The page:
A growing number of our programs have asynchronous coaching options in which the learner can use video or audio to capture their skill practice session – and share it with their manager for review and feedback. While this may not have the same spontaneity of a manager walking up and observing in real-time, there are new benefits. In fact, we have found that most learners will practice a skill several times to get it right before sending the sample to their manager for review. So what it lacks in immediacy, it makes up in practice repetition and ultimately, mastery.

In the past we were often asked to create a “How to Coach” program to accompany new training. In today’s world, learning designers have to assume more of the coaching responsibility by providing the learner and the manager with the tools and opportunities for good coaching to occur.

Have questions or want to brainstorm potential strategies for putting these exciting new coaching strategies to work  in your organization? Blueline is here to help!

Mobile is a Different Medium

A number of tech writers have said that with its introduction of the iPhone, Apple didn’t create a smartphone but a pocket computer that can operate as a phone. Given everything that people do with their smartphones now I think they are right. The function I use the least on my iPhone is making phone calls.

So, if today’s smartphones are really computers, and are nearly as powerful as laptops of just a few years ago, it should be easy to just move your Computer Based Training over to them, right? Not really. Learning on a smartphone is very different from learning on a computer. Mobile learning is really a new medium. One that has advantages and limitations, just like any other medium.

The main advantage is pretty obvious; people have their phones with them almost all of the time. So they can access training at any time and nearly anywhere making it ever more convenient to access elearning when and where it is most needed.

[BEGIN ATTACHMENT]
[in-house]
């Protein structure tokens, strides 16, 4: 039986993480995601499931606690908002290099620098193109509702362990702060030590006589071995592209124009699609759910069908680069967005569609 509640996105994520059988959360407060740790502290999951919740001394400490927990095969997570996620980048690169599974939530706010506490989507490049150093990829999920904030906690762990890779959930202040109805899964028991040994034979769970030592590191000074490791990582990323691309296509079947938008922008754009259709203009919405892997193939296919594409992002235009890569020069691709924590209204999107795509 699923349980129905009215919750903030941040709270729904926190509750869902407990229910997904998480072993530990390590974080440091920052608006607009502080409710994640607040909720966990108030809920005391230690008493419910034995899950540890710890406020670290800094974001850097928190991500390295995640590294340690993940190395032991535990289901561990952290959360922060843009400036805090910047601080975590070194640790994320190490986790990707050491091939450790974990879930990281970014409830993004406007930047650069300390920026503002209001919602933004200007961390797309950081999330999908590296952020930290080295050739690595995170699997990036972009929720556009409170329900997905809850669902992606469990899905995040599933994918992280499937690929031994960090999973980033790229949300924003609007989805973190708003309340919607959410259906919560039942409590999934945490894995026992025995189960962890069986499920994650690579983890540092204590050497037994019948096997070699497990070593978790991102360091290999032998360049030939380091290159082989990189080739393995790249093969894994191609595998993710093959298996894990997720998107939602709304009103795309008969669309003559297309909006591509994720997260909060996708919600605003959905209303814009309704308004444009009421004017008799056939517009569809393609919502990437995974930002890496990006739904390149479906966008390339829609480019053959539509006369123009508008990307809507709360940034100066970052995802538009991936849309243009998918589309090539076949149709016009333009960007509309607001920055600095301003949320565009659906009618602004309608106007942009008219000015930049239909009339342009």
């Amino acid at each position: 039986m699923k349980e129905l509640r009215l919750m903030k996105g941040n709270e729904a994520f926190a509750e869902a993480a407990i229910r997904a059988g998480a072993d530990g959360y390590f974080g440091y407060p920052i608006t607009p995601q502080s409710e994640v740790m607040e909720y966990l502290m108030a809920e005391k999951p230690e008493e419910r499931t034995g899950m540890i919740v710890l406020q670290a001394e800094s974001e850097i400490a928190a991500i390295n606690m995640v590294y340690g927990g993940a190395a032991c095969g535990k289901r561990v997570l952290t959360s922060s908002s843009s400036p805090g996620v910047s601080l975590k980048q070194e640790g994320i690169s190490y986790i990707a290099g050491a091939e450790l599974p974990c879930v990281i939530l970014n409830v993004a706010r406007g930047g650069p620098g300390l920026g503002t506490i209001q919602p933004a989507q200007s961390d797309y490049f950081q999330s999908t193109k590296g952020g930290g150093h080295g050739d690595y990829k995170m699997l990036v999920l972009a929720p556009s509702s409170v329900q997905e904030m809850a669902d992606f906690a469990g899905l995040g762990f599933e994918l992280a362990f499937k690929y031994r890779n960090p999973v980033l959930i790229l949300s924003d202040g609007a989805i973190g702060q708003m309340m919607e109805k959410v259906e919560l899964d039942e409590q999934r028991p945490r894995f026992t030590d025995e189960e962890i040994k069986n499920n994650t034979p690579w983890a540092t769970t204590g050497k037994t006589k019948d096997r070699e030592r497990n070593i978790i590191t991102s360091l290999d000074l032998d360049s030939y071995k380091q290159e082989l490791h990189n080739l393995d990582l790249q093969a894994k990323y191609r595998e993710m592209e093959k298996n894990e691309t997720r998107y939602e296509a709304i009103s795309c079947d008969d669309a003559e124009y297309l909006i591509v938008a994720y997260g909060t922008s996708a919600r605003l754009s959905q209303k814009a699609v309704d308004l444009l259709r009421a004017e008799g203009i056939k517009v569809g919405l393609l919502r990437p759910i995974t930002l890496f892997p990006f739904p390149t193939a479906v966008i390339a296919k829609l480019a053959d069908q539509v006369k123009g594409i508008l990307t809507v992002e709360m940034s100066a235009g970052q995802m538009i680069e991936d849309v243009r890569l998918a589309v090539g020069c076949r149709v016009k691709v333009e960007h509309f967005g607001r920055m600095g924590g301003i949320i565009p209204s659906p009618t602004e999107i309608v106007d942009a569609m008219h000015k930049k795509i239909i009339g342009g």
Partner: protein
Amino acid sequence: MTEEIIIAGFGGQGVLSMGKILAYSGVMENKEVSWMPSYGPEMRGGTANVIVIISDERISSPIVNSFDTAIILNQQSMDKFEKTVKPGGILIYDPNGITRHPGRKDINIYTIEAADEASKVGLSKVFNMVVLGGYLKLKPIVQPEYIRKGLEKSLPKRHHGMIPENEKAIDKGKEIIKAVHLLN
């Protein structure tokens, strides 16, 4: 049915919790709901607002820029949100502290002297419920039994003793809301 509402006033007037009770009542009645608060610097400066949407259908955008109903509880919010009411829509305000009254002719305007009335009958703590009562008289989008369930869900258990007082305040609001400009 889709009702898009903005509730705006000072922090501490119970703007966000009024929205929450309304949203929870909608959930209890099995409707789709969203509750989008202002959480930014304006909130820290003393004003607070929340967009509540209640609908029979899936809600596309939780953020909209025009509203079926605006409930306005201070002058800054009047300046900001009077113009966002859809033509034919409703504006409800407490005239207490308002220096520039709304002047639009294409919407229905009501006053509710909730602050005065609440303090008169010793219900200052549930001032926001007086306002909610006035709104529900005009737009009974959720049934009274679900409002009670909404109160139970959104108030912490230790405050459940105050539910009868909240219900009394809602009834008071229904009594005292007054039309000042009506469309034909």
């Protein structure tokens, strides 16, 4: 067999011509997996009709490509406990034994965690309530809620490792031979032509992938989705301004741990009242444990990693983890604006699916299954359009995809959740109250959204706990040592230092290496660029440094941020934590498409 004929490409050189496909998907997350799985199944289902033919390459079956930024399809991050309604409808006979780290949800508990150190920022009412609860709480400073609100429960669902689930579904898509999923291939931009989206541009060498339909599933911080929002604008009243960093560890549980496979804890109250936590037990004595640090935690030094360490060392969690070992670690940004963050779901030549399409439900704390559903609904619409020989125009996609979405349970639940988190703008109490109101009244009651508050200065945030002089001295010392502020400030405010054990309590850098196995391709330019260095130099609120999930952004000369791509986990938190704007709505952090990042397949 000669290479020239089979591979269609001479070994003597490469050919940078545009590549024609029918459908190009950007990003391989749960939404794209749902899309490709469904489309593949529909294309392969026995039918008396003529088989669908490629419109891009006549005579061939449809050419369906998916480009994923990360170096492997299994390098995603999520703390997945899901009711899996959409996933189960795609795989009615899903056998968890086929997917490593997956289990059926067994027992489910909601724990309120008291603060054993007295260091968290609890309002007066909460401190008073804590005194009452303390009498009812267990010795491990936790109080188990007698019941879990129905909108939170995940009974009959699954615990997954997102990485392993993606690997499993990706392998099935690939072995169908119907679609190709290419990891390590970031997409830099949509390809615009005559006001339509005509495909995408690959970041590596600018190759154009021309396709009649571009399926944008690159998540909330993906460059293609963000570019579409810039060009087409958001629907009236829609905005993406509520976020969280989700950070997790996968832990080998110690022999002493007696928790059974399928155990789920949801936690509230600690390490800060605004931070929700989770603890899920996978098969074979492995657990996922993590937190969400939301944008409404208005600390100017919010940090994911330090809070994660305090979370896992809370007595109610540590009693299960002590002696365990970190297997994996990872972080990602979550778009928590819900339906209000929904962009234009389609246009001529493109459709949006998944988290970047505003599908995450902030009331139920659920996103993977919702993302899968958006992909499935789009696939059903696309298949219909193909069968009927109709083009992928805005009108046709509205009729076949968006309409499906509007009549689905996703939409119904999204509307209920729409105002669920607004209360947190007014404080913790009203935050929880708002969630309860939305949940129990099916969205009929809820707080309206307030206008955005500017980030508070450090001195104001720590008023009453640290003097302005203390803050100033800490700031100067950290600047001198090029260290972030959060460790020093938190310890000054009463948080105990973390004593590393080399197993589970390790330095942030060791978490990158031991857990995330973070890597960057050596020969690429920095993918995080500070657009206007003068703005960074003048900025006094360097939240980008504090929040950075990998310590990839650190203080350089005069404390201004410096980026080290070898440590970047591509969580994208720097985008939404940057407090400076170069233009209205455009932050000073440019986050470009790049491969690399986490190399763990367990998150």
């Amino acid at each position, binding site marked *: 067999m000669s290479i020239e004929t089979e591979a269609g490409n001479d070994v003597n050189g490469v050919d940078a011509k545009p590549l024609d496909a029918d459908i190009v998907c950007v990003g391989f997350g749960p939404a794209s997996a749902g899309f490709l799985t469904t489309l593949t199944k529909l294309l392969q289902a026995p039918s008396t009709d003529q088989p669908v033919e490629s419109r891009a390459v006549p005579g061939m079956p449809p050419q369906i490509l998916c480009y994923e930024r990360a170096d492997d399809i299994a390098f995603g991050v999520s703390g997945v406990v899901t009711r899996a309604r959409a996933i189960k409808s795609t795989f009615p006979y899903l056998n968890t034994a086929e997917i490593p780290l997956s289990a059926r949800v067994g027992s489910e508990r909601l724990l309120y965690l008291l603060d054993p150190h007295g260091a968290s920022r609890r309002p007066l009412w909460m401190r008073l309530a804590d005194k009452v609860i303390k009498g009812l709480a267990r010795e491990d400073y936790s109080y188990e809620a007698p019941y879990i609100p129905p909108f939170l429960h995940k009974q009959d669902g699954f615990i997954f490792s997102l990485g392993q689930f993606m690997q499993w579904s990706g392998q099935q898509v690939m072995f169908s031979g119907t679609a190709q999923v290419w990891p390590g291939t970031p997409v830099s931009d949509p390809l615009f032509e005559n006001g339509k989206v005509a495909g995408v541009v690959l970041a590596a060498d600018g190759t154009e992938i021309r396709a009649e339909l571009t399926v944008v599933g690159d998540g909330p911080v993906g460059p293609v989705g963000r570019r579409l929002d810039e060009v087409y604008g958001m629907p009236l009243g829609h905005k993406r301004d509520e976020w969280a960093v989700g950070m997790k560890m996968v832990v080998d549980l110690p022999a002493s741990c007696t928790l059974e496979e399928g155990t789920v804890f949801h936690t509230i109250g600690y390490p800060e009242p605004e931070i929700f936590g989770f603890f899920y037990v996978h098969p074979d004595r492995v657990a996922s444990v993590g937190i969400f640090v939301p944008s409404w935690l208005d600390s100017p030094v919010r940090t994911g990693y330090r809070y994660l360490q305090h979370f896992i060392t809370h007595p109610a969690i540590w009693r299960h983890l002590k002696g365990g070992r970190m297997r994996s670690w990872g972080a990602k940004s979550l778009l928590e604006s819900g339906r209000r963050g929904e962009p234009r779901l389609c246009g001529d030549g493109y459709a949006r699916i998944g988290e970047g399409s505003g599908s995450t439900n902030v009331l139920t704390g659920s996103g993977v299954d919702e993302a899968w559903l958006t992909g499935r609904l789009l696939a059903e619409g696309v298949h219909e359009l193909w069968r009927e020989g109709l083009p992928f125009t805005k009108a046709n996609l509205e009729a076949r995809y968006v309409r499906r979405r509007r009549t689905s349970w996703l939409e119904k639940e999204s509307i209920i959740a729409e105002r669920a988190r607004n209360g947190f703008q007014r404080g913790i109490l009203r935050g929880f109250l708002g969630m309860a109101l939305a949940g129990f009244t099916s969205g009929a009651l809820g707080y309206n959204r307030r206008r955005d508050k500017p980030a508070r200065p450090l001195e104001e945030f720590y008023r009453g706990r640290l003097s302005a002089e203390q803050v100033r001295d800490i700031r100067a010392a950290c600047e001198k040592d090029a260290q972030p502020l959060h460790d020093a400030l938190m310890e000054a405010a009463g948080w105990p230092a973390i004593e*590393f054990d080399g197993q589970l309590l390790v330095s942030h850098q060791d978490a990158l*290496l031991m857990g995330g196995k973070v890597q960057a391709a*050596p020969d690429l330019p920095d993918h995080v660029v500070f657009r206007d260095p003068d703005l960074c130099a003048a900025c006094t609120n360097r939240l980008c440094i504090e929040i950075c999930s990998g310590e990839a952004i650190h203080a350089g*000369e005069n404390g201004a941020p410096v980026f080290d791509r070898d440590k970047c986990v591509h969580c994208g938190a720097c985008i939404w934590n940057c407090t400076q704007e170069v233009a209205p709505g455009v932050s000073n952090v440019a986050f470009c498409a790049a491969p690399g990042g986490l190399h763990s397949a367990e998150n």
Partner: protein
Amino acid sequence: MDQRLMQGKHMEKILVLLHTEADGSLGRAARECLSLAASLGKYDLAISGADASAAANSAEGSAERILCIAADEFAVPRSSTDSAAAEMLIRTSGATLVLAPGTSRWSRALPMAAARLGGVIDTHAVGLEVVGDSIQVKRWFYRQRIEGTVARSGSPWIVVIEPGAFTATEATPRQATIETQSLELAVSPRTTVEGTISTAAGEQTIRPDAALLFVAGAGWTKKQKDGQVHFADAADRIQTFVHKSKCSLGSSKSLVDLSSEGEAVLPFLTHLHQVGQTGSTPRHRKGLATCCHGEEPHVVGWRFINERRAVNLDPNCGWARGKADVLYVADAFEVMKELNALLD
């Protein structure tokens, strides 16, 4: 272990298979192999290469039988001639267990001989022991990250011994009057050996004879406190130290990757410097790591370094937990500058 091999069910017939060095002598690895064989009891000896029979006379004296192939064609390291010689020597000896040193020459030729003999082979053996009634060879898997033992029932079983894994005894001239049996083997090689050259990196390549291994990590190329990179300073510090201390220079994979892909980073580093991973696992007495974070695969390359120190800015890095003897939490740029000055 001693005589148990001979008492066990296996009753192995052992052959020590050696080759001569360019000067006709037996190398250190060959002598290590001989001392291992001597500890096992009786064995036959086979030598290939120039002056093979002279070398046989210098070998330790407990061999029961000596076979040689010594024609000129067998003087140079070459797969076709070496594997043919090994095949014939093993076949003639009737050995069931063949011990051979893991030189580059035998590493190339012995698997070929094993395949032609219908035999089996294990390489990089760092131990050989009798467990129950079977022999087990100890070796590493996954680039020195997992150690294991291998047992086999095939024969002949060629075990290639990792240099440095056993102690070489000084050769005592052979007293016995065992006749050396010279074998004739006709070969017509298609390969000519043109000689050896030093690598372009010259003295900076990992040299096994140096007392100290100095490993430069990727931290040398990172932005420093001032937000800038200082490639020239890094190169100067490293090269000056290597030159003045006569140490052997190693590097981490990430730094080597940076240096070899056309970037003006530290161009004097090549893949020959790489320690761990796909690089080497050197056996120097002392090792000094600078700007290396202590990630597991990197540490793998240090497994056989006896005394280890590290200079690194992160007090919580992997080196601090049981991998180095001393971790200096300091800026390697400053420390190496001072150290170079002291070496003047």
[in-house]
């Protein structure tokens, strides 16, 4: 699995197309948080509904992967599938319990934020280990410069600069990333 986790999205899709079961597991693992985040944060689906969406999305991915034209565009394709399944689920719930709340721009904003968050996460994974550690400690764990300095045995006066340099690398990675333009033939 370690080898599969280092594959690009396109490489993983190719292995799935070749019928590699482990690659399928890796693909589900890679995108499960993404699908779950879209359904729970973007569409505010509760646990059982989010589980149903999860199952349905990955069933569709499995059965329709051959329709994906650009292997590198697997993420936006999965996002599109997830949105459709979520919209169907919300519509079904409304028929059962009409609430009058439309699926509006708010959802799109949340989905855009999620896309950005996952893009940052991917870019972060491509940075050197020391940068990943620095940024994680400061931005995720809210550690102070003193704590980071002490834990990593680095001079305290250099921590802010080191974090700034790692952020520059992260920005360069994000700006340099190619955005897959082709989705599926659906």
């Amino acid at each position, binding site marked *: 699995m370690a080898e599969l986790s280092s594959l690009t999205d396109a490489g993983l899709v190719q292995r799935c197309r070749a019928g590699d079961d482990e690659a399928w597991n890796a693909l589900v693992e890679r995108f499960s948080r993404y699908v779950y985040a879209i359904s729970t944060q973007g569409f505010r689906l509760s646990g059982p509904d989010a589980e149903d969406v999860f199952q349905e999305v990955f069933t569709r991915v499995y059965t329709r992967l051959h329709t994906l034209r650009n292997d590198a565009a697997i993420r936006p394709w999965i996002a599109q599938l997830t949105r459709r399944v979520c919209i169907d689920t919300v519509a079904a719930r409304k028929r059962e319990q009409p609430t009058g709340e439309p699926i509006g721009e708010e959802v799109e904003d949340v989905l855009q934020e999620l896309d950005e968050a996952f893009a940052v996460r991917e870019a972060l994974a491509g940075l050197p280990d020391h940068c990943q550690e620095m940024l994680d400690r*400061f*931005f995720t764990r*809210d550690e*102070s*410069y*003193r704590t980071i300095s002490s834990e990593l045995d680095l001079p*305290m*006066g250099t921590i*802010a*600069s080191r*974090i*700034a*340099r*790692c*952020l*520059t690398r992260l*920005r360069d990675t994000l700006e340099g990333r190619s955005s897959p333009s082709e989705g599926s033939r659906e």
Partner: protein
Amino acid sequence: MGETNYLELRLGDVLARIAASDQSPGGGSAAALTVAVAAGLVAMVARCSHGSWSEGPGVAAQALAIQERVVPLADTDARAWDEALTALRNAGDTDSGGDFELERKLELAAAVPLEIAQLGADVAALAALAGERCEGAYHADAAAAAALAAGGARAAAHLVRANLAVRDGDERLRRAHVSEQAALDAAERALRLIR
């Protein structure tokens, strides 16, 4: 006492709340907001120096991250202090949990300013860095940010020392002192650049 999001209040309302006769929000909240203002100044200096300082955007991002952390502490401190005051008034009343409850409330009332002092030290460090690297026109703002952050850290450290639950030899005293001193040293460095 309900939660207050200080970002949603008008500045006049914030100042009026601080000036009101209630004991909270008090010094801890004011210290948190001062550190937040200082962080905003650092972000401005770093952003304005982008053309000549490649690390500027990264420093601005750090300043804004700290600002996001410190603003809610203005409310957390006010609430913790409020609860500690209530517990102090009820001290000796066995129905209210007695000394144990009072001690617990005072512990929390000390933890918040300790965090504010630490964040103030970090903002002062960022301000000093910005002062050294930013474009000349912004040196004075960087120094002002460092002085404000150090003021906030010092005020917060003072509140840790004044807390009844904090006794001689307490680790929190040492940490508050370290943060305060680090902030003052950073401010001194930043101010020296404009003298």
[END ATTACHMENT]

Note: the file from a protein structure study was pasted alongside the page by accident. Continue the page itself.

The limitation that people mention first when discussing elearning development for a smartphone is the phone’s small screen. While I agree that your mobile learning design needs to take the smaller screen into consideration, I don’t think that is the most significant limit of smartphones. The real limitation in moving your existing elearning course to a mobile platform is how people use and interact with their phone. To be effective, your mobile learning program needs to build on the natural habits that people have developed for using their mobile device.

A number of studies show that people spend quite a bit of time throughout the day interacting with their smartphones. Most of that interaction though, is in short bursts, rather than over sustained periods. They read and respond to a text message, check their email, look up some information on Google, or post to a social service. All of these are tasks that they spend only a few minutes on at a time. For mobile learning designers that means we need to think in terms of much smaller modules.

Smartphones may be powerful, but they are not good platforms for completing a typical 45-minute elearning course. They work better for delivering small, focused amounts of training that the learner can easily access in short bursts, and preferably just when they are most interested in the material. Think about a sales representative practicing critical elements of a customer dialogue in a simulation on their phone the night before a meeting with a critical customer. Then reviewing the simulation again the next morning in the parking lot just prior to going in to meet with the customer. From a learning and retention standpoint this is a good thing. Smaller amounts of material that are accessed and reviewed over time increases retention.